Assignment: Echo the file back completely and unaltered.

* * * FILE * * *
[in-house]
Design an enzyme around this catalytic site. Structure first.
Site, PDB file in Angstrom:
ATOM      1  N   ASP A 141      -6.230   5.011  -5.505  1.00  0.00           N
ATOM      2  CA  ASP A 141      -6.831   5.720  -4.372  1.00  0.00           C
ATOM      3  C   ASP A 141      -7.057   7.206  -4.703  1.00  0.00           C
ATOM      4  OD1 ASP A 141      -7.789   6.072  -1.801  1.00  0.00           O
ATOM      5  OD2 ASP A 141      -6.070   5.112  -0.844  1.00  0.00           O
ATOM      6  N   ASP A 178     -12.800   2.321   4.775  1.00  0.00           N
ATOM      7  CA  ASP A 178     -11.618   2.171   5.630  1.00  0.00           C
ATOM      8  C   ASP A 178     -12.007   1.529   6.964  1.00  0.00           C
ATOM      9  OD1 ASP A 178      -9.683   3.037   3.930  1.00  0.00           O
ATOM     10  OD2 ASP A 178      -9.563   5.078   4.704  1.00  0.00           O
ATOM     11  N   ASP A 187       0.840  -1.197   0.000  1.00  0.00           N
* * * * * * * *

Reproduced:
[in-house]
Design an enzyme around this catalytic site. Structure first.
Site, PDB file in Angstrom:
ATOM      1  N   ASP A 141      -6.230   5.011  -5.505  1.00  0.00           N
ATOM      2  CA  ASP A 141      -6.831   5.720  -4.372  1.00  0.00           C
ATOM      3  C   ASP A 141      -7.057   7.206  -4.703  1.00  0.00           C
ATOM      4  OD1 ASP A 141      -7.789   6.072  -1.801  1.00  0.00           O
ATOM      5  OD2 ASP A 141      -6.070   5.112  -0.844  1.00  0.00           O
ATOM      6  N   ASP A 178     -12.800   2.321   4.775  1.00  0.00           N
ATOM      7  CA  ASP A 178     -11.618   2.171   5.630  1.00  0.00           C
ATOM      8  C   ASP A 178     -12.007   1.529   6.964  1.00  0.00           C
ATOM      9  OD1 ASP A 178      -9.683   3.037   3.930  1.00  0.00           O
ATOM     10  OD2 ASP A 178      -9.563   5.078   4.704  1.00  0.00           O
ATOM     11  N   ASP A 187       0.840  -1.197   0.000  1.00  0.00           N